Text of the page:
Also, it is best for you as the leader to read the cards (rather than invite the guessing team to read the card themselves,) to avoid the possibility that a person’s hand-writing could ‘give them away.’
Scan all five clues before you start to read them out. Rarely do people write the most difficult clue first, and yet this is where you want to start. Work from hardest /most obscure clue to the most obvious.
To avoid a process of elimination, choose to not read out all of your cards to keep people guessing.
As more people in the group are identified, you may find it useful to limit each team to one guess per card, otherwise, the game simply becomes a matter of elimination (and not so much fun.)
You could integrate Five Clues as part of a well-designed SEL program to promote and maintain healthy and supportive relationships and to effectively navigate settings with diverse people.
Specifically, this activity offers opportunities to explore and practice the following social & interpersonal skills:
Identifying Personal, Cultural & Linguistic Assets
You can learn more about SEL and how it can support character education here.
Health & Wellness Programming
In advance, frame this experience as an opportunity to observe and read certain social cues, especially those of the person to whom the clues belong. People often behave and react differently when they are trying not to give anything away, ie to make it look to others that the clues do not belong to them. In addition to those described in the Reflection Tips tab, you could invite your group to reflect on the following questions to build their emotional intelligence:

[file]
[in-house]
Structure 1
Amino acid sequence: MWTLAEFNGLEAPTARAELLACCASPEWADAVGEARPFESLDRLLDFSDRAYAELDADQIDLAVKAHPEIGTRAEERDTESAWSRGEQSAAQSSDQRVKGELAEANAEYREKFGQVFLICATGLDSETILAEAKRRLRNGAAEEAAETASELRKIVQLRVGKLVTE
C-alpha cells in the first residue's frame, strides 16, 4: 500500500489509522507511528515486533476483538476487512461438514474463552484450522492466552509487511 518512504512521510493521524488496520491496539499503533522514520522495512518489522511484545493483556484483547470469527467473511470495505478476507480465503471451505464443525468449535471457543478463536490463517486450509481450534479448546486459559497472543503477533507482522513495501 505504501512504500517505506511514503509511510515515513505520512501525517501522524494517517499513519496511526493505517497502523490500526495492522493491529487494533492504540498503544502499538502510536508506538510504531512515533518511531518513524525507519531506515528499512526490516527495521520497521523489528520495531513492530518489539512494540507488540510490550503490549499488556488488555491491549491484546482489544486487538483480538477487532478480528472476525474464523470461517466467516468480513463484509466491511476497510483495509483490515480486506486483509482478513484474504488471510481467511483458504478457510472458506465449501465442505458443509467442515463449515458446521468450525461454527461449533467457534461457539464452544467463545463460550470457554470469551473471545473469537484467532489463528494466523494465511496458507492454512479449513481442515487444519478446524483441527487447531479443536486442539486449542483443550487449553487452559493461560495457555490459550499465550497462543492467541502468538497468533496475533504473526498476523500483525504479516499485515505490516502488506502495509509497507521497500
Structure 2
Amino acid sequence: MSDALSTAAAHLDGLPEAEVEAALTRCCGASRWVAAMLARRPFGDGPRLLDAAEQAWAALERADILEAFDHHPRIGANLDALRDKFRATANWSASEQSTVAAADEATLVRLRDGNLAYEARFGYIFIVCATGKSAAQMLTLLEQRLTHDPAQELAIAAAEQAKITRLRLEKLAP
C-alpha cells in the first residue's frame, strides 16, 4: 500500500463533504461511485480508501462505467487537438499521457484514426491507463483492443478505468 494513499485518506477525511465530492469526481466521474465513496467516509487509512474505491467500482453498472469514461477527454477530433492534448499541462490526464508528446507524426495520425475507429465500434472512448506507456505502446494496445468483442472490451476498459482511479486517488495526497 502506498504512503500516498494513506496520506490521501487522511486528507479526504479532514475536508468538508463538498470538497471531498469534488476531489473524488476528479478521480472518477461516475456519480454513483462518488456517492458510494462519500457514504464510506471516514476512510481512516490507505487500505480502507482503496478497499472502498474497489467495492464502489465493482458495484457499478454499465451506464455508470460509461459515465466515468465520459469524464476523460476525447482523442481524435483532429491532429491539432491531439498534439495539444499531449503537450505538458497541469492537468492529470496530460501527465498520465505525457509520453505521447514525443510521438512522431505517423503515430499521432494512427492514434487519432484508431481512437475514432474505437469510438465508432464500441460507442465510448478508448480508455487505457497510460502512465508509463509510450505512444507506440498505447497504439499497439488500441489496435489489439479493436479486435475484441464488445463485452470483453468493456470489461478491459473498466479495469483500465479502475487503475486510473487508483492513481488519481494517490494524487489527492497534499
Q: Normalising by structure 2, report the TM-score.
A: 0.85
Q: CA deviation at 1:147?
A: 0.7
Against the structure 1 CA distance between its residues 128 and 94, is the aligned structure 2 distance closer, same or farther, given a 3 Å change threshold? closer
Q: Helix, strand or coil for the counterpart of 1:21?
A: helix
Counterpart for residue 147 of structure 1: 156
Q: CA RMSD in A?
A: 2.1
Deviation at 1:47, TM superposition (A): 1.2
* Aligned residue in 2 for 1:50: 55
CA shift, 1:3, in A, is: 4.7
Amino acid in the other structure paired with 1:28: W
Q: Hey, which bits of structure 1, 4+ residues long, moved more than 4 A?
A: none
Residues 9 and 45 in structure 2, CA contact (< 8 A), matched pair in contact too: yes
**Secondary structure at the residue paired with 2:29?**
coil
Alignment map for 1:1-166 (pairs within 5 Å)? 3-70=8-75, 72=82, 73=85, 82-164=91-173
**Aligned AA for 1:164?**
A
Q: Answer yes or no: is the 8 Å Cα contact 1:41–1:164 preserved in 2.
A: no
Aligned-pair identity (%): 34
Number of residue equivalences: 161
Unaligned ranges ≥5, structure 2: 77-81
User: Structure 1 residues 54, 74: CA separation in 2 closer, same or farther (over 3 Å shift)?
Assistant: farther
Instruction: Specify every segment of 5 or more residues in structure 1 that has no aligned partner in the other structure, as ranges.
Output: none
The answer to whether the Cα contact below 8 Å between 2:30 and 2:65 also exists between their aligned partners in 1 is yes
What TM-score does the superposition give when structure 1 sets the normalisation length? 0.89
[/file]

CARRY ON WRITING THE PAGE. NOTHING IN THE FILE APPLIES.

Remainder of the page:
What did you notice was different about the person to whom the clues belonged?
Why do you think we behave in this manner?
Were some people better at concealing their identity than others? What did they do differently?
In what other areas do you observe and navigate certain social cues?
How might the skill of reading social cues help you build positive and healthy relationships?
Individual Champion: Frame the game as an individual event, whereby each person earns and accumulates points for themselves.
Truths & A Lie: Instruct each person to add a ‘lie’ to their set of clues, ie each person writes four truths and one lie (something that they have made-up.) Now, all five clues are read out as a set, and the guessing team is challenged to identify who the mystery person is in the other team, and to nominate which clue is the lie.
Advanced Clues: If you have developed a high level of trust and safety within your group, make it just one or two clues. Each person writes only one or two statements, perhaps describing an experience that was particularly embarrassing for them.
Take a look at Categories Twist to enjoy another fun get-to-know-you-better exercise.
Nominate yourself (or another member of your group) to act as the facilitator. Invite each person to write or type their five clues and share them with you digitally, eg via closed chatroom or email. Then, proceed as above.
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Useful Framing Ideas
Even groups that think that they know each other pretty well will often learn something about others in this next exercise…
Some people I know can identify a song from just hearing the first few notes of the music. Could you do this same exercise with people? That is, if I gave you just a couple of clues about the identity of someone in this room, could you guess who it is? Let’s find out…
Reflection Tips & Strategies
Coupled with one or more reflection strategies, here are some sample questions you could use to process your group’s experience after playing this fun, get-to-know-you, ice-breaking game:
How difficult was it to think of unique clues to write down?
What does this activity say about the fact that you can’t judge a book by its cover?
Did you learn something about another person today, perhaps a friend, that you didn’t know?